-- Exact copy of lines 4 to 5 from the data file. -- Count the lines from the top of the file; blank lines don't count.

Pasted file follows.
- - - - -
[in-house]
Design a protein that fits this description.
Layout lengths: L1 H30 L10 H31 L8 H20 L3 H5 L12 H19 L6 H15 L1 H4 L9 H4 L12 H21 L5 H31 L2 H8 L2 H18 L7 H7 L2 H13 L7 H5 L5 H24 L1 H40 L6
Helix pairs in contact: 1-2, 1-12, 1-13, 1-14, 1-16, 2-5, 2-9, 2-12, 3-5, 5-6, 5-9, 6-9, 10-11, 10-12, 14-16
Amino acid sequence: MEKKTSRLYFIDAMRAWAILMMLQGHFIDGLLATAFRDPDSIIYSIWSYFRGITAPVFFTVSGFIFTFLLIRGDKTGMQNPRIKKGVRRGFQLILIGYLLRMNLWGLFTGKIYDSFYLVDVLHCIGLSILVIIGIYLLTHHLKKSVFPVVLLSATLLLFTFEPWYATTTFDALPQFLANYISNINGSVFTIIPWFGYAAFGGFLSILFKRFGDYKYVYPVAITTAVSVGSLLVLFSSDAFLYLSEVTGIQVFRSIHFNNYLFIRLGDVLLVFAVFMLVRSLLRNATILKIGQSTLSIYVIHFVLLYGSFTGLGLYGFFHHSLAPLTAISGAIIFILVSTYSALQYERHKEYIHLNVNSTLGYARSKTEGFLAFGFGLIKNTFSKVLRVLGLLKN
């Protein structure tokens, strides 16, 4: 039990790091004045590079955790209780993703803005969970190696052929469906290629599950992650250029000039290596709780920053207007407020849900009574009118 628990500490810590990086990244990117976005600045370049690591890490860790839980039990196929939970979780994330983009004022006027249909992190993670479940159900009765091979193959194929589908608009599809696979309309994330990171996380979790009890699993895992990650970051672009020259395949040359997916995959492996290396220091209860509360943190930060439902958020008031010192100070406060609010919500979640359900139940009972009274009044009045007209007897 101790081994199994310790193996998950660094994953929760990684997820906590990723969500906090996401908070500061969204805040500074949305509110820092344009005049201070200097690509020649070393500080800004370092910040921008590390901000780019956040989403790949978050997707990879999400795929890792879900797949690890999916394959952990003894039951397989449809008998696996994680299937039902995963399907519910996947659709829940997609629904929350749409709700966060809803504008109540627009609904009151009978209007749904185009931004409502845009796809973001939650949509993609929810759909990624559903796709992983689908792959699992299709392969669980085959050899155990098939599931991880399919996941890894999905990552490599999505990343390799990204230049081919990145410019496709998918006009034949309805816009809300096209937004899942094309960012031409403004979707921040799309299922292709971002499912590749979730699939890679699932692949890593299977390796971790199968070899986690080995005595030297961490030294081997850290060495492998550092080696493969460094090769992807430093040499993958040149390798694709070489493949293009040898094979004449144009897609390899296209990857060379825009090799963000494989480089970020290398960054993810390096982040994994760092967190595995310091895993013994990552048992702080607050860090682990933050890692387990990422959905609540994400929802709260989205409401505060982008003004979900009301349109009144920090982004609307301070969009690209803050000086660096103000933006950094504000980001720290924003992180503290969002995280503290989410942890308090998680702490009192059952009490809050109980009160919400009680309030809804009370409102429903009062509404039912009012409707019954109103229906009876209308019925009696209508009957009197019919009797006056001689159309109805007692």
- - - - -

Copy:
Helix pairs in contact: 1-2, 1-12, 1-13, 1-14, 1-16, 2-5, 2-9, 2-12, 3-5, 5-6, 5-9, 6-9, 10-11, 10-12, 14-16
Amino acid sequence: MEKKTSRLYFIDAMRAWAILMMLQGHFIDGLLATAFRDPDSIIYSIWSYFRGITAPVFFTVSGFIFTFLLIRGDKTGMQNPRIKKGVRRGFQLILIGYLLRMNLWGLFTGKIYDSFYLVDVLHCIGLSILVIIGIYLLTHHLKKSVFPVVLLSATLLLFTFEPWYATTTFDALPQFLANYISNINGSVFTIIPWFGYAAFGGFLSILFKRFGDYKYVYPVAITTAVSVGSLLVLFSSDAFLYLSEVTGIQVFRSIHFNNYLFIRLGDVLLVFAVFMLVRSLLRNATILKIGQSTLSIYVIHFVLLYGSFTGLGLYGFFHHSLAPLTAISGAIIFILVSTYSALQYERHKEYIHLNVNSTLGYARSKTEGFLAFGFGLIKNTFSKVLRVLGLLKN